Sep 4, 2012, 12:36 PM EDT
UNDerground blogger Craig Chval (’15) steps aside from his hockey coverage to offer this special contribution to the Strong and True blog.
My friends would not describe me as an optimistic person. That’s probably true in general, but when it comes to Notre Dame football, the idea is downright laughable.
To give you an example, I was at the Big House on Sept. 10 last year. I watched as the Irish cruised to a big lead, only to fall behind Michigan in the closing minutes. I watched as, improbably, Notre Dame drove down the field to retake the lead with just 30 seconds left.
I cheered, I yelled, I jumped up and down. I hugged people around me that I’d never seen before.
But the first words out of my mouth were, “There’s too much time left.”
Is there something wrong with me? Probably. But I was born in 1992, which means I was not even a year old when the Irish beat #1 Florida State in the “Game of the Century.” Yet I was in the stands for the “Bush Push” game. And the game that saw us lose to Navy for the first time in 44 years. And this game, and this game, and this game, and this game.
I have the Notre Dame expectations without the memory of what it’s like to truly be Notre Dame.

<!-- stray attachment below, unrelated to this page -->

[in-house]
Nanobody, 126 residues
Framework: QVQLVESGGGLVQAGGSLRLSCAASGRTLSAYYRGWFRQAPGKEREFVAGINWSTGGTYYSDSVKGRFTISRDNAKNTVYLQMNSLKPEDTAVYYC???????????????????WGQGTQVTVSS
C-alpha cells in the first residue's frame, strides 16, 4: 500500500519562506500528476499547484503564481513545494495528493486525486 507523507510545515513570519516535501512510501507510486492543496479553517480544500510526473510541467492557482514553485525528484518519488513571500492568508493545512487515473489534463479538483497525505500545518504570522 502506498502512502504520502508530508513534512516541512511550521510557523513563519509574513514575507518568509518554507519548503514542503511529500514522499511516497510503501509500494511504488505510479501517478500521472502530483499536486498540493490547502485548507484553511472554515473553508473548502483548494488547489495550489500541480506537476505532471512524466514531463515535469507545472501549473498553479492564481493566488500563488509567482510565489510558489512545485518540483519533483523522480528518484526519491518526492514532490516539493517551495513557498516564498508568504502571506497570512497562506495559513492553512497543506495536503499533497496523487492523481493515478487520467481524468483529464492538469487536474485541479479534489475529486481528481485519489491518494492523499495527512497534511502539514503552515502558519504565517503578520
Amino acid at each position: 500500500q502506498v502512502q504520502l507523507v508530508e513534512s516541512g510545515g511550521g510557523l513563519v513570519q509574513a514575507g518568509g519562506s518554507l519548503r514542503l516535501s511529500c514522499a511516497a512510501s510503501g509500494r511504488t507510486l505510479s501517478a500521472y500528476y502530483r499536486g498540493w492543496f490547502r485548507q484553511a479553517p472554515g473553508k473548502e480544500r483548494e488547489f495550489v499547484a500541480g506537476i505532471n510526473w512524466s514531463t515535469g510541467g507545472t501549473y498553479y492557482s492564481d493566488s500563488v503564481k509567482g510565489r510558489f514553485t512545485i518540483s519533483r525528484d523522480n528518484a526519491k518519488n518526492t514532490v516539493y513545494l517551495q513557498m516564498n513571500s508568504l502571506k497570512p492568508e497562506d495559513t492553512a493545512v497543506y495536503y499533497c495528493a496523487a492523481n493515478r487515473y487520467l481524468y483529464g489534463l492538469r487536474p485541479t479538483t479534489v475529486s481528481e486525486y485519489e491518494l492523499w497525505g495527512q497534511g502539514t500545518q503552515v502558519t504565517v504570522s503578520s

My sister Lauren recently wrote a blog about her anticipation of the season, comparing the night before the season opener to Christmas Eve. I found this to be an interesting metaphor, especially since a family friend of ours (let’s call him Sean) once compared Notre Dame football to Santa Claus.
“When you’re a kid, it’s all magical and exciting,” Sean said. “But then you grow up.”
As much as Lauren likes to pretend, she is a relatively new convert to ND football. Sure, she would watch the games as a kid, but it never ruined her week when the Irish lost. Notre Dame is still Santa Claus to her.
I woke up at 8:50 Saturday morning to dutifully watch my team’s season opener. Maybe it was the early hour, but I noticed that I didn’t have my usual pre-season jitters. “It’s just Navy,” I thought. “If we lose, it will suck, and if we win, it’s just Navy.” I had grown up.
Am I that jaded at age 19 that I no longer have the passion and excitement for Notre Dame that once defined my fall weekends?
Lauren wrote, “Let this year be the year.” My first reaction was, “No way. With a first-year quarterback and a young secondary? Not with this schedule.”
But maybe the trick to recapturing the magic of Notre Dame football isn’t to manage expectations. Maybe it’s to embrace the possibilities.
Let this year be the year. Let me believe in Santa Claus again.
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